Soil will be charged at 3 for each standard rubblebag or part bag, up to a maximum of 53. 5 x 82cm (when laid flat) filled so that the waste is contained and can be safely lifted. We would not fill garden bags, but they can be used if you wish. A rubble bag is a bag constructed of No. 10 gauge, black plastic. It is intended for the deposit or storage of soil or fill material.

It is not intended for the deposition of liquid waste. Soil will be charged at 3 for each standard rubblebag or part bag, up to a maximum of 53. 5 x 82cm (when laid flat), filled so that the waste is contained and can be safely lifted. Carrier bags, and 'soil'which is a mixture of compost and other green waste, are normally collected free of charge from householders. Rubble, soil, hardcore, bricks/stones, and rocks/boulders cannot be bagged as they are too large.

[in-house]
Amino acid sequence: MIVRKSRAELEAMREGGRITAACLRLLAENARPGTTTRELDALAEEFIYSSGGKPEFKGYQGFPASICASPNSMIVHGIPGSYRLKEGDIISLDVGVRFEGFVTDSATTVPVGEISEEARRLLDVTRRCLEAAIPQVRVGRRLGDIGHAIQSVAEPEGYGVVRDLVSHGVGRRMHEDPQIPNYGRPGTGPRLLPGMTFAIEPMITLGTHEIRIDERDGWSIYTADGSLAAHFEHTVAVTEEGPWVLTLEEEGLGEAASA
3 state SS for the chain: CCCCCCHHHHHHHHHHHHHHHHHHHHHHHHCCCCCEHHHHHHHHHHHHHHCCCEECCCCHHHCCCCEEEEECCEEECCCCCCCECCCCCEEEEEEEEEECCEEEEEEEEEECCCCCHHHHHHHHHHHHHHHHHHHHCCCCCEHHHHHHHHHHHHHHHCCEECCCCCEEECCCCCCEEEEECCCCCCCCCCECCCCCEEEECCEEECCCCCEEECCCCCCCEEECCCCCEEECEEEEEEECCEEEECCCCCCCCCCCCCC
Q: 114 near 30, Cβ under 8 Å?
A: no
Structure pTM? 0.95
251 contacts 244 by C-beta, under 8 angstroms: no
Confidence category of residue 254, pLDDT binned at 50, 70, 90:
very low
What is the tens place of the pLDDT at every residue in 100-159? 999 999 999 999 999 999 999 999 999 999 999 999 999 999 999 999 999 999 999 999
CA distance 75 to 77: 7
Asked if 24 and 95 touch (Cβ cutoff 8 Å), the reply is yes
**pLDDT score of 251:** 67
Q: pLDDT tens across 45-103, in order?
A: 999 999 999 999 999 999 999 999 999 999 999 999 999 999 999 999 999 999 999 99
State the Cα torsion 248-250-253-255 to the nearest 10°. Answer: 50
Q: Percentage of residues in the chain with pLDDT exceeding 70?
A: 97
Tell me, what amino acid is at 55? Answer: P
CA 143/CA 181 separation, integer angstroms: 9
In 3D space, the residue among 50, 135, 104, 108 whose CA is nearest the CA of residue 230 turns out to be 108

Coronavirus (COVID-19)

The virus, known as Coronavirus (COVID-19) has spread to most areas of the country. The virus is related to SARS and appears to be a coronavirus (a separate group of viruses from the more common cold or flu viruses). Because of the significant similarity between SARS and this new virus, the illness is being termed "SARS-like". If you have an interest in using the Government online services, please note that some of our services are affected by the Coronavirus (COVID-19).

If you need to contact us, please visit our COVID-19 webpages for the latest updates and changes to services, as well as for information and guidance. A sudden outbreak of coronavirus (COVID-19) has caused the death of five people in Bolton and East Lancashire. Several Lancaster residents who have returned from Pakistan with symptoms of respiratory problems are being tested for the virus. According to the World Health Organisation (WHO), Coronavirus – known as COVID-19 – has spread from Saudi Arabia to the Middle East and Europe, mainly affecting Iran and India.